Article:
Bones

In 70 action-packed minutes, Bones highlights mental health issues in sport, looking at one man’s struggle to reconcile his inner mental turmoil with the physical demands expected of his devotion to the game.

Full of movement, but emotionally static.

Studio 90 at the Park Theatre is a postage stamp in comparison to a rugby field, yet the green floor accommodates some vigorous movement sequences, during the game and in training. Tackles, passes, scrums, and tries contrast with choreographed, slow-motion sequences. These set pieces are a highlight of the production, though some lines are lost as they are shouted over the action.

Director Daniel Blake brings to life the banter, wit, and repartee of the changing room that’s crucial to Lewis Aaron Wood’s script. Name-calling, jovial abuse, and Trumpian ‘locker-room talk’ seems to be the stuff that could be hurtful no matter how much the guys put on a brave face. But that’s not the way the narrative goes.

Instead, it slowly emerges that something is wrong with Ed (Ronan Cullen), whose passion for the game is waning. He considers extreme measures to sustain an injury that will keep him out of the biggest match of the year: the Regional Cup semi-finals. Though talent scouts will be there, offering the possibility of being picked up by a professional team, Ed has clearly lost all interest.

An injury would be an unquestionable excuse for not playing. It would also mean avoiding the real reason. Exactly what is going on in Ed’s head remains vague, but we know it is due to a family death.

Ed’s father (James Mackay) seems to share his son’s suffering. But while he asserts that he’ll “always be there for him” (there are many more cliches such as this), he seems able to do little. Questioning by the Doctor reveals little more and certainly doesn’t provide a comprehensive way out of the situation. Samuel Holt as Team Captain, Charlie, and the person to whom Ed seems closest, conveys the dilemmas of a man who inevitably becomes embroiled in the situation as he tries to reconcile the needs of the team with Ed’s welfare.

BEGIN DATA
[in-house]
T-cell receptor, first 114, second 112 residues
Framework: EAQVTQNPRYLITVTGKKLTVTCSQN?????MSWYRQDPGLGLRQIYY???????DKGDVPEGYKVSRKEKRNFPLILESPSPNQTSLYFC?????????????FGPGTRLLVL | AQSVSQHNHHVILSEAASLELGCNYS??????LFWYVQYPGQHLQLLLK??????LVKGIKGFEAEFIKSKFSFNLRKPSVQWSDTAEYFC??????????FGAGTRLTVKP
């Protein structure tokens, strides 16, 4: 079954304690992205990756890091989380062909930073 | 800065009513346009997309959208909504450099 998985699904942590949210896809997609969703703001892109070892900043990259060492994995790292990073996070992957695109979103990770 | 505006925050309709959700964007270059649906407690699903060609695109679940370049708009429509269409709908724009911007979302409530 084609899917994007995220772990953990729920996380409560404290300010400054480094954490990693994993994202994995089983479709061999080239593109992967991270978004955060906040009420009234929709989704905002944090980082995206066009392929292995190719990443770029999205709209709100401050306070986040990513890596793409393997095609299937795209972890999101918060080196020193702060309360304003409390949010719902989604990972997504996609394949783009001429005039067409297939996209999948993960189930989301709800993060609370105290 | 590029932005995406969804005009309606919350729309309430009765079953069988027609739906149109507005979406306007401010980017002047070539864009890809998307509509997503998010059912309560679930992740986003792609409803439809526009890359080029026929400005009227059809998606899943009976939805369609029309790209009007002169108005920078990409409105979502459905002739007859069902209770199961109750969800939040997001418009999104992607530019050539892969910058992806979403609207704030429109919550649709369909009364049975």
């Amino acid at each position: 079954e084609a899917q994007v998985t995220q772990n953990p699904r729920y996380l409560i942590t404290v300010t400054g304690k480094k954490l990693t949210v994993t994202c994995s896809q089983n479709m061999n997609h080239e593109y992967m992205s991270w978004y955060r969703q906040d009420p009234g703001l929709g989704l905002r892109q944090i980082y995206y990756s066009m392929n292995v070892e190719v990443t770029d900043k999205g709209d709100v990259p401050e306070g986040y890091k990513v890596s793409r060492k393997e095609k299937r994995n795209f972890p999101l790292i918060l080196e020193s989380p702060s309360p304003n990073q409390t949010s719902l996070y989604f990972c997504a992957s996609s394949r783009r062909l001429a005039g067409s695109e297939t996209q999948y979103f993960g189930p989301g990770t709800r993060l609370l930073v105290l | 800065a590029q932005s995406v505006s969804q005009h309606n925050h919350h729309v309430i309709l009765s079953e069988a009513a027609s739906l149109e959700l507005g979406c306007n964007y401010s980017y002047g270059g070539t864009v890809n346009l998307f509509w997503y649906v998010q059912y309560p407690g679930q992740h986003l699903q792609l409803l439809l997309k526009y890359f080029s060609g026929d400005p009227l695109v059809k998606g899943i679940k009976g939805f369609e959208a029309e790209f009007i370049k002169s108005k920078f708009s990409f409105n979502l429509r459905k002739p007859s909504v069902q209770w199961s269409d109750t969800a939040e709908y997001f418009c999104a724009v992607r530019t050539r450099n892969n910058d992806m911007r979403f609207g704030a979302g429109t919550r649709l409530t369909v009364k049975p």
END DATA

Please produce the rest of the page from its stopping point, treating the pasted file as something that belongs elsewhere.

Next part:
Bones shows that though mental health issues can be triggered by an event, depression is something that can build almost imperceptibly over a period of some time. It’s a difficult story to portray on stage, but one that is the mission of Redefine, partnering with rugby’s leading mental health charity, LooseHeadz to present this play.

The play might be full of movement but in its current form it's emotionally static. Never mind the ball, what’s needed is a tighter grip on the storyline: a harder-hitting and more impactful approach.

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Since you’re here…

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Kate Copstick’s charity, Mama Biashara, works with the poorest and most marginalised people in Kenya. They give grants to set up small, sustainable businesses that bring financial independence and security. That five quid you spend on a large glass of House White? They can save someone’s life with that. And the money for a pair of Air Jordans? Will take four women and their fifteen children away from a man who is raping them and into a new life with a moneymaking business for Mum and happiness for the kids.
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Performances

Location

The Blurb

If one part of the scrum breaks down, everything else does as well.

Bones is a dynamic and bold physical theatre production that ignites the collaboration between rugby and theatre to tackle the stigma surrounding mental health. It pairs electric new writing, with high-intensity set pieces that immerse you into the spectacular world of rugby.

Ed is used to getting injured playing rugby, but he's never faced an injury that he couldn't see before. When his mental health makes it feel like he's taking on an entire rugby team by himself, will his teammates stand by his side or remain seated on the sideline? Under pressure to lead his team through to the regional semi-finals, Ed feels the full weight of expectation and hope, and it’s impacted him in ways that he could have never imagined. 

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